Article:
Books And Bites: Congratulations on the publication of “Bittersweet”! Tell me a little about it—what’s your pitch?
Marcia: Thank you! As for Bittersweet, life wouldn’t be so bad for seventeen-year-old Phaedra Thorne if schizophrenia and psychokinesis didn’t run in the family. With her supernaturally insane mother locked away in the attic and Phae left to take care of her six-year-old sister, things couldn’t get any worse, right? Tell that to her estranged, older brother who decides to return home with an incubus for a cure.
BAB: No two authors seem to take the same route to publication, but almost every author has an interesting story about their journey. Care to share yours?
Marcia: Mine started about six years ago. My agent decided to specialize in only nonfiction, meaning all of us fiction writers were getting dumped. At one point, I had heard about a small ebook company called Double Dragon Publishing, but ebooks were about as mysterious to me as the identity of Jack the Ripper. Still, I decided to give them a shot with my half-werewolf urban fantasy, since they had a new imprint that was looking for stuff like that. Next thing I knew, they had sent me an email wanting to publish my book. Ever since then, it’s been bumpy, but every book got me closer to my ultimate goal–or so I thought. To land a NY contract. Then, this self-publishing thing came along. I wasn’t quick to jump on the bandwagon because I wanted more data. At the same time, there were so many agent and
editor requests for fulls of Bittersweet that I had lost track.
Unfortunately, those who liked it didn’t know how to market it and those who claimed they loved it still found reasons to say no. So, I decided to stop submitting it and self-publish it. I *so* don’t regret the decision. I would’ve regretted it more had I let Bittersweet fester under my cyber bed.
BAB: How did you get the idea for your novel?
Marcia: I wanted to write a YA, but had no clue about where to start. I knew there had to be telekinesis involved because I’ve always been fascinated by stories like that. Then, I started to think about my teenage years. There had been many times I wanted to lock my mother in the attic or the basement, but for me to do that, it would have to be a really good reason. If Mom was a danger to everyone, then that would be enough. From there, Bittersweet unfolded.
BAB: Do you have another book in the works?
Marcia: Yes. It’s an urban fantasy called *The Spider Inside Her* and that will be released next month. It’s about a curse that causes a demon spirit to in habit my heroine’s body and turn her into an avenging human spider who’s more like the *Terminator *once her prey has been targeted.
BAB: Your current novel, Bittersweet, is marketed as a young adult novel. Did you originally set out to write a YA novel?
Marcia: Yes. My teenage nieces talked me into it.
BAB: Who is your favorite character? Why?
Marcia: I think Phaedra is awesome. I’d love to have her powers, though I’d prefer a little more control. I love Nadia, her six-year-old sister, too. Nadia is so innocent in all this, but she knows exactly what’s going on, even if everything thinks she’s too young or doesn’t notice. In fact, she’s been around Phaedra for so long that knows when her sister’s powers are about to slip out of control. If there were a hard hat in sight, she’d be the first one to grab it and wait out her older sister’s telekinetic storm.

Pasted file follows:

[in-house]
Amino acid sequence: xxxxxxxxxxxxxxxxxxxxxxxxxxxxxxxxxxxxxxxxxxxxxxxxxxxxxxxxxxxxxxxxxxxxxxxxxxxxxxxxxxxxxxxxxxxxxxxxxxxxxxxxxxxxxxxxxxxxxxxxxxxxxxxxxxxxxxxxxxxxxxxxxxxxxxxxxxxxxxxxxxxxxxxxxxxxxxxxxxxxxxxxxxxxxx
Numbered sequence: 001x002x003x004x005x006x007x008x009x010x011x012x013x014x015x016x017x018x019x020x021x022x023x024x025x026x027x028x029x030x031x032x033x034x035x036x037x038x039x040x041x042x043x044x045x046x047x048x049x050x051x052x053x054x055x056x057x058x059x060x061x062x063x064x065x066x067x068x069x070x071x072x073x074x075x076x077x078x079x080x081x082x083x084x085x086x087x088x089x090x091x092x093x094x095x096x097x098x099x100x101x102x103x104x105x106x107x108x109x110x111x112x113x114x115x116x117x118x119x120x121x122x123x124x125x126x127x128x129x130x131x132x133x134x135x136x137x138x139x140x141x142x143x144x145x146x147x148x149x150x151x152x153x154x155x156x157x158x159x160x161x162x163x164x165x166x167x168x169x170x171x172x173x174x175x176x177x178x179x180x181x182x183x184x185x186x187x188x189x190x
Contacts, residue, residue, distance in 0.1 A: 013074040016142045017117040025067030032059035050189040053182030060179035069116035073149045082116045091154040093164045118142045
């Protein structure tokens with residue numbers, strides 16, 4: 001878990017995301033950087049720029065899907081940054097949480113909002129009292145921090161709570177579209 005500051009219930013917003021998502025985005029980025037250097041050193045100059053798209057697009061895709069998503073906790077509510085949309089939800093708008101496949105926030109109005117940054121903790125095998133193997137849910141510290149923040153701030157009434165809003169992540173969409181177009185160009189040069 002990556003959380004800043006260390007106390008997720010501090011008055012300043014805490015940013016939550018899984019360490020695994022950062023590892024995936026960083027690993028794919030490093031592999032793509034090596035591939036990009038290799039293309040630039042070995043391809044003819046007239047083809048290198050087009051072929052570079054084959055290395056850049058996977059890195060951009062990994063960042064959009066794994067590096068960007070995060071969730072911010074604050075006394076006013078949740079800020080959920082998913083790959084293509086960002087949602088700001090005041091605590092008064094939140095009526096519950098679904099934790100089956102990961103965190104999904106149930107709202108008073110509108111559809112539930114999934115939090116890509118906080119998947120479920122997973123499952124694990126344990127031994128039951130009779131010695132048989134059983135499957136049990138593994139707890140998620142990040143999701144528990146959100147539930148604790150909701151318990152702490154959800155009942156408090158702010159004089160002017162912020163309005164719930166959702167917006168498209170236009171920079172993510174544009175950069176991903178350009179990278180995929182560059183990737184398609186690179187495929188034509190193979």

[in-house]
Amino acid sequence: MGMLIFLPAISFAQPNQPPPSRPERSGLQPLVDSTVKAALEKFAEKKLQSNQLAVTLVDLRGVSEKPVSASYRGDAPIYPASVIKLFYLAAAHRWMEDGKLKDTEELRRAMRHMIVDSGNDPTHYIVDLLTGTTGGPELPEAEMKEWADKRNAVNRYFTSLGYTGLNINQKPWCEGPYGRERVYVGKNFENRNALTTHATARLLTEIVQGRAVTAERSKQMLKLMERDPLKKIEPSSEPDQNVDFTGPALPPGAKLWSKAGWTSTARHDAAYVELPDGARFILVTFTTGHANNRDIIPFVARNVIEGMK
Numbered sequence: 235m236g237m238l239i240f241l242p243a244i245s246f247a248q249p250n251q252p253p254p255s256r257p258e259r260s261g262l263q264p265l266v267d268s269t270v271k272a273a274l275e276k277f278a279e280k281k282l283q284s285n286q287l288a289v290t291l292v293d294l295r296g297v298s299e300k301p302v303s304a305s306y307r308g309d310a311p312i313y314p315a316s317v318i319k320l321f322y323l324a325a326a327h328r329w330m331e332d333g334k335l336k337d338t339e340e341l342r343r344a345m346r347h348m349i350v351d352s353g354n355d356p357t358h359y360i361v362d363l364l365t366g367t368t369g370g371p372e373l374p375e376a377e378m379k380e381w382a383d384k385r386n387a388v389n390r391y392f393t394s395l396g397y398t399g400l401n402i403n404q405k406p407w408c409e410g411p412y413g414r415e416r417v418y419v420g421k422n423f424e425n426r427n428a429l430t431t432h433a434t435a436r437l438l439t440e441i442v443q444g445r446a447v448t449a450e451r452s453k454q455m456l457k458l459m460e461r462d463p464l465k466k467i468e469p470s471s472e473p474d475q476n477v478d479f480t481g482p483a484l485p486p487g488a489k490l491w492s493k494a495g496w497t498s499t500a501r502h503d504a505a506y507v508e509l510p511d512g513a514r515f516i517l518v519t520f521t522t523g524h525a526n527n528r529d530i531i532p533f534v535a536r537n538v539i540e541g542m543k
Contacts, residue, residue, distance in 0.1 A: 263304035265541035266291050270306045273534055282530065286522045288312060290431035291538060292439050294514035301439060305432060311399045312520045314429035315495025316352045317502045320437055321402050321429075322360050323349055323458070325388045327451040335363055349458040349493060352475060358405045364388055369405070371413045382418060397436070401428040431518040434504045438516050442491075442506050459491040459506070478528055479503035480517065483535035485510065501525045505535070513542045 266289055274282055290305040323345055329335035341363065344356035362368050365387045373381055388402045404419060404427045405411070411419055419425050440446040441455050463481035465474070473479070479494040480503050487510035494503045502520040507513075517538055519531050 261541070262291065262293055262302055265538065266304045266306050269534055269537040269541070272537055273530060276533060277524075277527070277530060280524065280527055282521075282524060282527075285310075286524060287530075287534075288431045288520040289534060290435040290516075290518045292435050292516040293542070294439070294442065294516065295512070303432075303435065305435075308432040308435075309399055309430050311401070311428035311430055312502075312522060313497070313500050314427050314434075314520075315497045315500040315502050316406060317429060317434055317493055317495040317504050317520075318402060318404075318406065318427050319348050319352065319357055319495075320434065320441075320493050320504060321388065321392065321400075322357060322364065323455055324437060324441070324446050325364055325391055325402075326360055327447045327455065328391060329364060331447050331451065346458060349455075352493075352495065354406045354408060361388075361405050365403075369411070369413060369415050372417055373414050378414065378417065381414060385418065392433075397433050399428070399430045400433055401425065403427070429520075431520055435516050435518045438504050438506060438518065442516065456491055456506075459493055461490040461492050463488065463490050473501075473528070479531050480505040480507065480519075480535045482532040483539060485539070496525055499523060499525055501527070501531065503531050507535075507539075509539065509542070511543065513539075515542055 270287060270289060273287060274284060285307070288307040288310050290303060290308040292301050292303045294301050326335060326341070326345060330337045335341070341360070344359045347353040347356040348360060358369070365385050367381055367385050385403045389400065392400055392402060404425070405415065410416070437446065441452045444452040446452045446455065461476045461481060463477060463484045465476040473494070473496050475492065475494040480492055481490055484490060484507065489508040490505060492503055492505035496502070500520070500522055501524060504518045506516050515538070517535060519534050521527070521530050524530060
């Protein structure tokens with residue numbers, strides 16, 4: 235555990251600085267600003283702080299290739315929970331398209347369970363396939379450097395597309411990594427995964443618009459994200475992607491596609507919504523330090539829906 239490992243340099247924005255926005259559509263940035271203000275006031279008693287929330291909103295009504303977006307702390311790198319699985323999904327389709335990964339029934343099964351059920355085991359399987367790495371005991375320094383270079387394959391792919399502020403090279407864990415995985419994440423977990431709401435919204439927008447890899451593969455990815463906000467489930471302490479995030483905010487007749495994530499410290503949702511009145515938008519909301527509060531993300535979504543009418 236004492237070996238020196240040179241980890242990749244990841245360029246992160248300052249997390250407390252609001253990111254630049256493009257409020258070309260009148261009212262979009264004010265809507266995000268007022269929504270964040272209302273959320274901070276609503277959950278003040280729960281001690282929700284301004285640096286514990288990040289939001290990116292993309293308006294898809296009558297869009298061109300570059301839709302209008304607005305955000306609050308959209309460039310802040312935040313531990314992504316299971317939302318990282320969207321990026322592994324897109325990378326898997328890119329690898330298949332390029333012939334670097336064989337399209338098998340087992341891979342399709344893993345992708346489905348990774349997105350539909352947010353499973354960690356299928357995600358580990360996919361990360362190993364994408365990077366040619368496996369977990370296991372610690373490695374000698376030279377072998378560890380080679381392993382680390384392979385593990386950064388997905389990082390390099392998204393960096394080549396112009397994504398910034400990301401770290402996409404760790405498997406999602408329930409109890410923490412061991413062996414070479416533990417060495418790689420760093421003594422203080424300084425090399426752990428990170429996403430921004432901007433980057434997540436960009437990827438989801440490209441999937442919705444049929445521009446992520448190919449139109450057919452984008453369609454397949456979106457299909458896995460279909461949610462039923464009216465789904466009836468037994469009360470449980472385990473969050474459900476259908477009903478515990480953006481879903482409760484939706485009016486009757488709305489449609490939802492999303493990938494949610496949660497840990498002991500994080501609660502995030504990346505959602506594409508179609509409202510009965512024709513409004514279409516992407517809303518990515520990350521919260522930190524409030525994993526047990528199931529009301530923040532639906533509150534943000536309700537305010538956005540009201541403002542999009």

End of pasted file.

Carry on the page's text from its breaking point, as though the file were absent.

BAB: When did you know you wanted to become a writer?
Marcia: After I had read everything I could get my hands on by Laurell K. Hamilton. At the time, The Laughing Corpse was the latest thing on the shelves.
BAB: In writing, Bittersweet, what was your most surprising discovery?
Marcia: That Phaedra would ask for Mason’s help. The main guy she wanted to throw under the bus and use as a speed bump, he was the only one available who knew her family secret and who could help her mom.
BAB: What’s your writing routine? Do you write in the mornings, nights, daily, or when the mood strikes you?
Marcia: I write whenever I have time. Some times I’ll use my lunch break to write and other times, I’ll write after my one-year old has gone to bed. My favorite writing time is about 6am on the weekends when I get the bulk of my work done.
BAB: What experience did you have with publishing to the Kindle? Good? Bad?
Marcia: It wasn’t too bad. The part I hate the most is when you update something as simple as a tag, your book goes into this 24-48 hour holding pattern. Although, it feels more like 72-hours. I’m about the release the print version of Bittersweet, and I have to say, CreateSpace was less agonizing.
BAB: If you had to pick one author as your favorite, who would it be?
Marcia: Kelley Armstrong hand’s down. She is my favorite adult urban fantasy author. If I had to choose YA urban fantasy, they Richelle Mead in a heartbeat.
BAB: Finally, thank you for taking part in this interview. Before you go, what message would you like to send to your fans?
Marcia: Be on the lookout for DISAPPEARANCE HALL, which I hope to put out this summer. This will be my first foray into the New Adult arena, and I’m looking forward to it.